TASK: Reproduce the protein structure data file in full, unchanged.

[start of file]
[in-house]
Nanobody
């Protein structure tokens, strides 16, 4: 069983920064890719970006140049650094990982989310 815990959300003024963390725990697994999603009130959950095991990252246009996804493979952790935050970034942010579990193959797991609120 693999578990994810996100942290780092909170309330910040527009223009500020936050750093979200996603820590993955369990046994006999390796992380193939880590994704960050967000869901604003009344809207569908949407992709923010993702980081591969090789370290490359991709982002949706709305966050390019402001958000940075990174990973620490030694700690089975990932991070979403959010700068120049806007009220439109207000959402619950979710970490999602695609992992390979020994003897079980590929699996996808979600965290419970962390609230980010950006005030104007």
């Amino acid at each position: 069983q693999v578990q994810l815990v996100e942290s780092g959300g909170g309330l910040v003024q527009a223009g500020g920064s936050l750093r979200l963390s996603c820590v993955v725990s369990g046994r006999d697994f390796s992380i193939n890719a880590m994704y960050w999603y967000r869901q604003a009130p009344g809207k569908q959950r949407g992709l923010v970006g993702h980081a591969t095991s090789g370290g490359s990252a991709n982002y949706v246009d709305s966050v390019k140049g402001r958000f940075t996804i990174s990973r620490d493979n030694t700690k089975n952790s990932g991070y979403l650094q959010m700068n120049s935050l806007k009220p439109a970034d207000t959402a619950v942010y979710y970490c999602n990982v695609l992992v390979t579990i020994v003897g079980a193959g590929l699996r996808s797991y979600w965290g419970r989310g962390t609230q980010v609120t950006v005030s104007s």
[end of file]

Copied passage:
[in-house]
Nanobody
């Protein structure tokens, strides 16, 4: 069983920064890719970006140049650094990982989310 815990959300003024963390725990697994999603009130959950095991990252246009996804493979952790935050970034942010579990193959797991609120 693999578990994810996100942290780092909170309330910040527009223009500020936050750093979200996603820590993955369990046994006999390796992380193939880590994704960050967000869901604003009344809207569908949407992709923010993702980081591969090789370290490359991709982002949706709305966050390019402001958000940075990174990973620490030694700690089975990932991070979403959010700068120049806007009220439109207000959402619950979710970490999602695609992992390979020994003897079980590929699996996808979600965290419970962390609230980010950006005030104007």
């Amino acid at each position: 069983q693999v578990q994810l815990v996100e942290s780092g959300g909170g309330l910040v003024q527009a223009g500020g920064s936050l750093r979200l963390s996603c820590v993955v725990s369990g046994r006999d697994f390796s992380i193939n890719a880590m994704y960050w999603y967000r869901q604003a009130p009344g809207k569908q959950r949407g992709l923010v970006g993702h980081a591969t095991s090789g370290g490359s990252a991709n982002y949706v246009d709305s966050v390019k140049g402001r958000f940075t996804i990174s990973r620490d493979n030694t700690k089975n952790s990932g991070y979403l650094q959010m700068n120049s935050l806007k009220p439109a970034d207000t959402a619950v942010y979710y970490c999602n990982v695609l992992v390979t579990i020994v003897g079980a193959g590929l699996r996808s797991y979600w965290g419970r989310g962390t609230q980010v609120t950006v005030s104007s």